DIED. BENJAMIN ORR, 53, versatile bassist in the 1980s New Wave band the Cars who shared vocals with guitarist Ric Ocasek; of pancreatic cancer; in Atlanta.
DIED. REGGIE KRAY, 66, British gangster who in the 1950s and '60s ruled east London with his identical twin Ronnie as modern-day Robin Hoods, giving money to the poor and hobnobbing with West End socialites; a month after he was released from prison, where he spent 32 years for murder; of bladder cancer; in Norwich, England.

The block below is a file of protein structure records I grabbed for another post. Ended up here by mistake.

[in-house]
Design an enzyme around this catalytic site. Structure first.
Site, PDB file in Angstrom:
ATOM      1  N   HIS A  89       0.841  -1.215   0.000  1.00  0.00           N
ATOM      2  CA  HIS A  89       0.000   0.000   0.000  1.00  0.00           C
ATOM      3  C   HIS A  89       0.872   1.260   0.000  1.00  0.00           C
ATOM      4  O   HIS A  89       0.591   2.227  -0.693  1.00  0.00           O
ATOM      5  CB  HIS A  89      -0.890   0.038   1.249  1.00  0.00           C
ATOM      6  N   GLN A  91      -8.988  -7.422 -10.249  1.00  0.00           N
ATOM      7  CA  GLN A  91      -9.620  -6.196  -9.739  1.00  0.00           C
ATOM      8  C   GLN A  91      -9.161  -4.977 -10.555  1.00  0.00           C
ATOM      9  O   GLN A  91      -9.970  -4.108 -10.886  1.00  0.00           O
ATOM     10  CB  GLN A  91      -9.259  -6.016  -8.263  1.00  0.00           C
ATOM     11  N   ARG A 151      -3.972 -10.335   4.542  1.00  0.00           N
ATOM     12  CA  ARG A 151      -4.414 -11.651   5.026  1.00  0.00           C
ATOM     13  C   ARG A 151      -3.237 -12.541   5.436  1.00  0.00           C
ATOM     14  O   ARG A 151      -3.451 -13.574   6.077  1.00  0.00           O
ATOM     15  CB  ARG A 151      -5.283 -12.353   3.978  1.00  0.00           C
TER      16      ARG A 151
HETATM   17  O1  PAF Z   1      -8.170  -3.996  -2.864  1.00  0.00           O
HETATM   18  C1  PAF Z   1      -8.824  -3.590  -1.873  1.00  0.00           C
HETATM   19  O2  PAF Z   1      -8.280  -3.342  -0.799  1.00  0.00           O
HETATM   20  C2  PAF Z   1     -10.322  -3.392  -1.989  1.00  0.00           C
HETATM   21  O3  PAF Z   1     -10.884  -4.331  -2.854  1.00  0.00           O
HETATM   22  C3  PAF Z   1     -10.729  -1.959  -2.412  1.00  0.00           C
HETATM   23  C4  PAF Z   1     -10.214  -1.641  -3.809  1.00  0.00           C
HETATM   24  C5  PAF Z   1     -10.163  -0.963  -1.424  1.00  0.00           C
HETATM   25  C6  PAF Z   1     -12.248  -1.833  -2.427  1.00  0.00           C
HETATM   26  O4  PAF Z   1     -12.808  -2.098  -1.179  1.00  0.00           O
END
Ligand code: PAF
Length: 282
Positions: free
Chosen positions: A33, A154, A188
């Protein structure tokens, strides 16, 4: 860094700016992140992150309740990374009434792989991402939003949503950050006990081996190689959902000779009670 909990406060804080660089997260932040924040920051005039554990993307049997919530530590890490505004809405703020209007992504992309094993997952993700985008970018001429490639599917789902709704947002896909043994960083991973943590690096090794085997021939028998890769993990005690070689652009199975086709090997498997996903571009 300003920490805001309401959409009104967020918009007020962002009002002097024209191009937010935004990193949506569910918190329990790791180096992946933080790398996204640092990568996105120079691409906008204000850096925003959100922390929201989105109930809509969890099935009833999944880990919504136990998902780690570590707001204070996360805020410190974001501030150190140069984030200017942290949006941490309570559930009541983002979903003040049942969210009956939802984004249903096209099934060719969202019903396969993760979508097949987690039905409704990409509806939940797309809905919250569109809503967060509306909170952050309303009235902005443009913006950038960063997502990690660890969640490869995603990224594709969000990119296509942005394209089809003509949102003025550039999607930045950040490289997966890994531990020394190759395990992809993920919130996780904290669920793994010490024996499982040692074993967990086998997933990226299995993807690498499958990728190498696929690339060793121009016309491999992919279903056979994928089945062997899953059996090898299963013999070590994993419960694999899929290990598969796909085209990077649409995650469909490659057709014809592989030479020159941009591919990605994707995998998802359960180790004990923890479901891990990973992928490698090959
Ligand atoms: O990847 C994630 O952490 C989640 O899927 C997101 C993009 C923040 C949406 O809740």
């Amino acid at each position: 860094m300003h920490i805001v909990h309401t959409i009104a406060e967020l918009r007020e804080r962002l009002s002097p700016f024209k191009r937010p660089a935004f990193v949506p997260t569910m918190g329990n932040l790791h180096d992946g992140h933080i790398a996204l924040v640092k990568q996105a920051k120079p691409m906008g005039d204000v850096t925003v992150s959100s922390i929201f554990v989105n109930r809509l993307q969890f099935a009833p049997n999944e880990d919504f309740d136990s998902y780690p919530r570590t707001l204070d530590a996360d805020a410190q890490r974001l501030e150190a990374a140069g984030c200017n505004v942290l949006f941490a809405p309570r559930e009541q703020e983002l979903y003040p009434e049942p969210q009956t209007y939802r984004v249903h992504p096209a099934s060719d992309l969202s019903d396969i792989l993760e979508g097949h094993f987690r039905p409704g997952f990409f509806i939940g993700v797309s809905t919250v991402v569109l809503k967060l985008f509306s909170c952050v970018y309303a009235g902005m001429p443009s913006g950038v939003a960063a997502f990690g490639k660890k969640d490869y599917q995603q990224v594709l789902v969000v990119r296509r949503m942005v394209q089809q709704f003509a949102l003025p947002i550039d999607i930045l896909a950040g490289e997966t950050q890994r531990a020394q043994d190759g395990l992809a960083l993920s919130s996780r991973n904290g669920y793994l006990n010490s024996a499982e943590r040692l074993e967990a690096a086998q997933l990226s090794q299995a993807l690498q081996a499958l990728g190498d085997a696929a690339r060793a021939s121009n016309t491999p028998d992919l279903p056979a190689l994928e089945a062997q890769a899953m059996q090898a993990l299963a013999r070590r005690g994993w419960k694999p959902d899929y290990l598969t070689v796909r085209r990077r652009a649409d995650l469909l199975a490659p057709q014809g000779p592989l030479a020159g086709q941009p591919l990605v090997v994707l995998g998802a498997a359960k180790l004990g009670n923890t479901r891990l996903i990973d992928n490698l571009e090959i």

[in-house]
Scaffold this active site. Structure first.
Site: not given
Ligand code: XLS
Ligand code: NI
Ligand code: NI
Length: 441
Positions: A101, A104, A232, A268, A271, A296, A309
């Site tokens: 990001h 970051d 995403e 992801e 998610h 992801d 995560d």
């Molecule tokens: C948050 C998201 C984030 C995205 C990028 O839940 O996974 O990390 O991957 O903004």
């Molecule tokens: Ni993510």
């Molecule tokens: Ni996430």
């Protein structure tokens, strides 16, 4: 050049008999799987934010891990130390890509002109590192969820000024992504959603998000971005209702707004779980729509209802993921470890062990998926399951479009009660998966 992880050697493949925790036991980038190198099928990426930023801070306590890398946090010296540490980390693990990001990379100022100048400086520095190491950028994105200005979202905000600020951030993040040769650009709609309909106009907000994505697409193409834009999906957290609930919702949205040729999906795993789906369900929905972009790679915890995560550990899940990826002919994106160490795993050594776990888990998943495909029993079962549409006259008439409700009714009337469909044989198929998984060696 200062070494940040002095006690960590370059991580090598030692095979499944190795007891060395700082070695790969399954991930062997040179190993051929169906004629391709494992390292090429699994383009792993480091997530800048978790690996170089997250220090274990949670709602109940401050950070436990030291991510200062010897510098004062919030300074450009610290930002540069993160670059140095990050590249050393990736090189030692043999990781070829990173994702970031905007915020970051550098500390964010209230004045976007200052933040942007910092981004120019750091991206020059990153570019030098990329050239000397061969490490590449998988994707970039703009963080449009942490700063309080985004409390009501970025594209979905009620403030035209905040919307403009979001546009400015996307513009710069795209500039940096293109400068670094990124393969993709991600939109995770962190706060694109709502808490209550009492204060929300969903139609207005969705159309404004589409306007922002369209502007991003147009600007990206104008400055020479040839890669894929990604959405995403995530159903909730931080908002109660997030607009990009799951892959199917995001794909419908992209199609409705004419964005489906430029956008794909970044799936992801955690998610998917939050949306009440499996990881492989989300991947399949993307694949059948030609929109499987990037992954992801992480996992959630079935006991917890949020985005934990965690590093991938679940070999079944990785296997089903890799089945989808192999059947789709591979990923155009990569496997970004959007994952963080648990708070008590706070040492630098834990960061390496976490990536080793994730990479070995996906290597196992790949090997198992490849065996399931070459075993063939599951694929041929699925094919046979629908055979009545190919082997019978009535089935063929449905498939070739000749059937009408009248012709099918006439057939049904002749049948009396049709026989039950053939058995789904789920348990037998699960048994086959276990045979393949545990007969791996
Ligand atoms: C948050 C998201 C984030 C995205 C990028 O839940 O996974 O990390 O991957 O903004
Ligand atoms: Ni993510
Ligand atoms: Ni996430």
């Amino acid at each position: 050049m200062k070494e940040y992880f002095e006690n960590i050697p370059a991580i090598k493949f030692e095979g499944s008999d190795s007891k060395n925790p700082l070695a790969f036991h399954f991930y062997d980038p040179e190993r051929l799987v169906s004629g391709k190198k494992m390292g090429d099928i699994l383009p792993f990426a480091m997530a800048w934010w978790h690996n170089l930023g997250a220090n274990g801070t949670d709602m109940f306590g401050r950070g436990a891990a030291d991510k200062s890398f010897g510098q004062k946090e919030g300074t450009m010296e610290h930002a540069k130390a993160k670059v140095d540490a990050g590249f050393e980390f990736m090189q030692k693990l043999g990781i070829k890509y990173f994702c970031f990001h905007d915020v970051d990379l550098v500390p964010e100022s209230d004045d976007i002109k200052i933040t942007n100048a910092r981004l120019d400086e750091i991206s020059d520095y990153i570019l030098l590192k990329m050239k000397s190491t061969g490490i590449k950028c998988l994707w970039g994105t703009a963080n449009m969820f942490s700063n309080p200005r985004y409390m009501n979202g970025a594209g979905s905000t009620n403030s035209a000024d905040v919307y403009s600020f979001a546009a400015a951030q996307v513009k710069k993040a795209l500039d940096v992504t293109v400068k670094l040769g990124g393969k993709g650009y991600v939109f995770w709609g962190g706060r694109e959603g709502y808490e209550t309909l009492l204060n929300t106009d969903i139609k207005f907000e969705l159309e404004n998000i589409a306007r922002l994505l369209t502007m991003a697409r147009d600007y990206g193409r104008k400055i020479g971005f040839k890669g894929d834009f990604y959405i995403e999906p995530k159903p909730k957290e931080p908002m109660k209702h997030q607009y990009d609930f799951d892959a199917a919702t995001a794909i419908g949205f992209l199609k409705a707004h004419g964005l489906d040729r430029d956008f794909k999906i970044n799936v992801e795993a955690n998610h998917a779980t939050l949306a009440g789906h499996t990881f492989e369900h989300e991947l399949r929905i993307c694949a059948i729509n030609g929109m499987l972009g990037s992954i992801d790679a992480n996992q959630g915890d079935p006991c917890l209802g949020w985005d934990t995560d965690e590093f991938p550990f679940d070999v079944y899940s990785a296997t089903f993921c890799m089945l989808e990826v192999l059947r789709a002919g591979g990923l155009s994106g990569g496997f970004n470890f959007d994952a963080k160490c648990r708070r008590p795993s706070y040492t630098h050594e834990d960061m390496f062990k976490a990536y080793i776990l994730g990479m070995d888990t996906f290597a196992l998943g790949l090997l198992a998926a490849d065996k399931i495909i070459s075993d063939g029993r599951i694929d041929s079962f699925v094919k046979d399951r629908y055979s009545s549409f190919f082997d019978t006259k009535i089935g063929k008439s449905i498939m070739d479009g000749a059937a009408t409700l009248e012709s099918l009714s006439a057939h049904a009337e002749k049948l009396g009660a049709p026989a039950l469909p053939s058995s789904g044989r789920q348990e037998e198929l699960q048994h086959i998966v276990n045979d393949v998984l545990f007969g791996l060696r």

DIED. RICHARD FARNSWORTH, 80, Hollywood's archetypal farmhand and two-time Oscar nominee; of a self-inflicted gunshot wound; at his home in Lincoln, N.M. Partly paralyzed from cancer, he became the oldest leading actor last year to receive an Oscar bid, for his role in The Straight Story. He worked as a stuntman in more than 300 films before landing his first significant speaking role in 1976. DIED. WILLIAM BUNDY, 83, patrician counselor to three Presidents, who was a pivotal figure in leading America into the Vietnam War along with his brother McGeorge Bundy, National Security Adviser under Kennedy and Johnson, and the rest of the elite corps of "the best and the brightest"; in Princeton, N.J. Bundy supported aerial attacks on North Vietnam in 1965 but reluctantly backed the large-scale introduction of U.S. troops. Later he was critical of Henry Kissinger's secretive attempts to disentangle America from the war. "Everyone in the State Department is trying to knife me in the back, except for Bill Bundy," Kissinger said after becoming Nixon's National Security Adviser. "He is still enough of a gentleman to knife me in the chest."